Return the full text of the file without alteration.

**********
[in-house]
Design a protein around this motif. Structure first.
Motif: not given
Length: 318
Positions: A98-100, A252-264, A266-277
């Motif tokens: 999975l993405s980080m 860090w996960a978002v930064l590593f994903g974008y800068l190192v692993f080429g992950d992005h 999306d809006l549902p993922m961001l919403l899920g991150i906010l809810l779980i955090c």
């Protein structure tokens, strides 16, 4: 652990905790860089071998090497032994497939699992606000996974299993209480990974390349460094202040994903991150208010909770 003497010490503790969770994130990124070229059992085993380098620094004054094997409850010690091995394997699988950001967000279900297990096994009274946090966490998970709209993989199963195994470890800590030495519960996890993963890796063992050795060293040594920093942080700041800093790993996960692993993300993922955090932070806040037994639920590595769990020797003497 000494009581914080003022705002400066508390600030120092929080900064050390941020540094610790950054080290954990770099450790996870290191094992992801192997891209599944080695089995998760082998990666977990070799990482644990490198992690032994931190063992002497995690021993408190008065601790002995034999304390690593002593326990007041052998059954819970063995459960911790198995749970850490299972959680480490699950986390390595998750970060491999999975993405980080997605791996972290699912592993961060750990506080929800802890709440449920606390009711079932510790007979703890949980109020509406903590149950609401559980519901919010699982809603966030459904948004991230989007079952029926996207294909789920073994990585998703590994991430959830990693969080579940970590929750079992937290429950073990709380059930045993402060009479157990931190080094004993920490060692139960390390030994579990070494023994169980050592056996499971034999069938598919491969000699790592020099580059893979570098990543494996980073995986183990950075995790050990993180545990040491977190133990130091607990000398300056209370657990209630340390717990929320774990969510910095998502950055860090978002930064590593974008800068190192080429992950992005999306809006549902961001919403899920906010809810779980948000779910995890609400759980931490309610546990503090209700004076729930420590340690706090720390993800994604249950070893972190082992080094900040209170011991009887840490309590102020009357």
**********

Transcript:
[in-house]
Design a protein around this motif. Structure first.
Motif: not given
Length: 318
Positions: A98-100, A252-264, A266-277
């Motif tokens: 999975l993405s980080m 860090w996960a978002v930064l590593f994903g974008y800068l190192v692993f080429g992950d992005h 999306d809006l549902p993922m961001l919403l899920g991150i906010l809810l779980i955090c």
């Protein structure tokens, strides 16, 4: 652990905790860089071998090497032994497939699992606000996974299993209480990974390349460094202040994903991150208010909770 003497010490503790969770994130990124070229059992085993380098620094004054094997409850010690091995394997699988950001967000279900297990096994009274946090966490998970709209993989199963195994470890800590030495519960996890993963890796063992050795060293040594920093942080700041800093790993996960692993993300993922955090932070806040037994639920590595769990020797003497 000494009581914080003022705002400066508390600030120092929080900064050390941020540094610790950054080290954990770099450790996870290191094992992801192997891209599944080695089995998760082998990666977990070799990482644990490198992690032994931190063992002497995690021993408190008065601790002995034999304390690593002593326990007041052998059954819970063995459960911790198995749970850490299972959680480490699950986390390595998750970060491999999975993405980080997605791996972290699912592993961060750990506080929800802890709440449920606390009711079932510790007979703890949980109020509406903590149950609401559980519901919010699982809603966030459904948004991230989007079952029926996207294909789920073994990585998703590994991430959830990693969080579940970590929750079992937290429950073990709380059930045993402060009479157990931190080094004993920490060692139960390390030994579990070494023994169980050592056996499971034999069938598919491969000699790592020099580059893979570098990543494996980073995986183990950075995790050990993180545990040491977190133990130091607990000398300056209370657990209630340390717990929320774990969510910095998502950055860090978002930064590593974008800068190192080429992950992005999306809006549902961001919403899920906010809810779980948000779910995890609400759980931490309610546990503090209700004076729930420590340690706090720390993800994604249950070893972190082992080094900040209170011991009887840490309590102020009357």